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Java Cookbook by Ian F. Darwin

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Conventions Used in This Book

This book uses the following conventions.

Programming Conventions

I use the following terminology in this book. A program means either an applet, a servlet, or an application. An applet is for use in a browser. A servlet is similar to an applet but for use in a server. An application is any other type of program. A desktop application (a.k.a. client) interacts with the user. A server program deals with a client indirectly, usually via a network connection.

The examples shown are in two varieties. Those that begin with zero or more import statements, a Javadoc comment, and a public class statement are complete examples. Those that begin with a declaration or executable statement, of course, are excerpts. However, the full versions of these excerpts have been compiled and run, and the online source includes the full versions.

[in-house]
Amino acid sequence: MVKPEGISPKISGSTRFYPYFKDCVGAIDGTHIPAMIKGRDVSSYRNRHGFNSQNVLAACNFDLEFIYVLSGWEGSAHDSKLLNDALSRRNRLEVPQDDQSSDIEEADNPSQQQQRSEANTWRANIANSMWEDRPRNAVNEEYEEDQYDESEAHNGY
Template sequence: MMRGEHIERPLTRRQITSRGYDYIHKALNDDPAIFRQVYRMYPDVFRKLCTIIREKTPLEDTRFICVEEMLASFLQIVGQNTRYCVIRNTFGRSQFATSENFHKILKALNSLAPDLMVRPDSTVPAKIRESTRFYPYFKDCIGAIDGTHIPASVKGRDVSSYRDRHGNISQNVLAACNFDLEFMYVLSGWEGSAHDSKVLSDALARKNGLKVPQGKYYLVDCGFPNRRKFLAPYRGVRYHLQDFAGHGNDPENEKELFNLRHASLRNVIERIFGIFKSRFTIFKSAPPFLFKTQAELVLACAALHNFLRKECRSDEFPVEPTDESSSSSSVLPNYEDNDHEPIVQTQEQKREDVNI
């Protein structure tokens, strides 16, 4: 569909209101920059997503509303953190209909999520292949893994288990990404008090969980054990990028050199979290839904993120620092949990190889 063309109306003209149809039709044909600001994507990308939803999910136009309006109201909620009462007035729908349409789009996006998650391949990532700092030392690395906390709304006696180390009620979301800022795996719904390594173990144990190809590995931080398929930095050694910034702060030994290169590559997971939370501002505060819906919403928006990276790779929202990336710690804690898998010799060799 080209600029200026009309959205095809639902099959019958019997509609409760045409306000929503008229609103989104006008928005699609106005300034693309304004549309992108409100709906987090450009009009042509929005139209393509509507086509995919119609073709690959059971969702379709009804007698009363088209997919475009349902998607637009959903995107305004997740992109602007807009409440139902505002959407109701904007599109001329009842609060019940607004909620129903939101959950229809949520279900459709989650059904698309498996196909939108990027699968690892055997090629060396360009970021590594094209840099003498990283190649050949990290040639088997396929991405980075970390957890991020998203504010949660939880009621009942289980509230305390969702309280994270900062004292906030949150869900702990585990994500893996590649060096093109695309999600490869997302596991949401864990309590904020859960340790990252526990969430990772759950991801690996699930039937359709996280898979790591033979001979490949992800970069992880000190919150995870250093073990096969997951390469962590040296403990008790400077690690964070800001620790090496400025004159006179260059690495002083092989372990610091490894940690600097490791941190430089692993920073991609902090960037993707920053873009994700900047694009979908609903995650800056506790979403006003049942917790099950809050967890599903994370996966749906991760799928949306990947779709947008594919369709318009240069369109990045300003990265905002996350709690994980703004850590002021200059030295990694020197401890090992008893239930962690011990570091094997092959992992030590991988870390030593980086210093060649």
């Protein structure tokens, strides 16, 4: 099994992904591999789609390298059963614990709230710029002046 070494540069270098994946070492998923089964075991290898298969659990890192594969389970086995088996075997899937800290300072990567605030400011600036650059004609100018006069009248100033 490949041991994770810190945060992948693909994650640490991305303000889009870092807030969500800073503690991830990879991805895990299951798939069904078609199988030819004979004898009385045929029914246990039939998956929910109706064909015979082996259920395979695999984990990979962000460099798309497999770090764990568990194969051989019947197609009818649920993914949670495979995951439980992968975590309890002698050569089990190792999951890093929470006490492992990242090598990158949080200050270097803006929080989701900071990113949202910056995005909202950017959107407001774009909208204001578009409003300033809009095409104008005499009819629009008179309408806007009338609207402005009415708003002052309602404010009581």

Recipes are numbered by chapter and number, so, for example, Recipe 7.5 refers to the fifth recipe in Chapter 7.

Typesetting Conventions

The following typographic conventions are used in this book:

Italic

is used for commands, filenames, and sample URLs. It is also used to define new terms when they first appear in the text.

Constant width

is used in code examples to show partial or complete Java source code program listings. It is also used for class names, method names, variable names, and other fragments of Java code.

Many programs are accompanied by an example showing them in action, run from the command line. These will usually show a prompt ending in either $ for Unix or > for Microsoft, depending on which computer I was using that day. Text before this prompt character can be ignored; it will be a pathname or a hostname, again depending on the system.

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